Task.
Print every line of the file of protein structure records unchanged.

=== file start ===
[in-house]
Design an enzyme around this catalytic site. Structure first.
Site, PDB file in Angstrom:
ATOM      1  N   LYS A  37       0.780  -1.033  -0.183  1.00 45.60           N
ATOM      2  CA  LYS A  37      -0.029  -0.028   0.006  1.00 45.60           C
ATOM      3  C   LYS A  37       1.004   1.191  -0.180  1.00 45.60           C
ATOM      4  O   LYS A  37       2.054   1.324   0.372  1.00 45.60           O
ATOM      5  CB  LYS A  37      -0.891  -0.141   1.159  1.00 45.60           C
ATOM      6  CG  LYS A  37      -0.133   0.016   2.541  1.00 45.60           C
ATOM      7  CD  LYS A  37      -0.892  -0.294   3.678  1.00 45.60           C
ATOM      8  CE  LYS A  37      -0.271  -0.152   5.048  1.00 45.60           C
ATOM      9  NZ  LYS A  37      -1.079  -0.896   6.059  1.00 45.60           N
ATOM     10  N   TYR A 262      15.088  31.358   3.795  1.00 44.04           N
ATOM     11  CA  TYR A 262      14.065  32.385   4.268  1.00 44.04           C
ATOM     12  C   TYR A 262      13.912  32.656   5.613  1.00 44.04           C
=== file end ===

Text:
[in-house]
Design an enzyme around this catalytic site. Structure first.
Site, PDB file in Angstrom:
ATOM      1  N   LYS A  37       0.780  -1.033  -0.183  1.00 45.60           N
ATOM      2  CA  LYS A  37      -0.029  -0.028   0.006  1.00 45.60           C
ATOM      3  C   LYS A  37       1.004   1.191  -0.180  1.00 45.60           C
ATOM      4  O   LYS A  37       2.054   1.324   0.372  1.00 45.60           O
ATOM      5  CB  LYS A  37      -0.891  -0.141   1.159  1.00 45.60           C
ATOM      6  CG  LYS A  37      -0.133   0.016   2.541  1.00 45.60           C
ATOM      7  CD  LYS A  37      -0.892  -0.294   3.678  1.00 45.60           C
ATOM      8  CE  LYS A  37      -0.271  -0.152   5.048  1.00 45.60           C
ATOM      9  NZ  LYS A  37      -1.079  -0.896   6.059  1.00 45.60           N
ATOM     10  N   TYR A 262      15.088  31.358   3.795  1.00 44.04           N
ATOM     11  CA  TYR A 262      14.065  32.385   4.268  1.00 44.04           C
ATOM     12  C   TYR A 262      13.912  32.656   5.613  1.00 44.04           C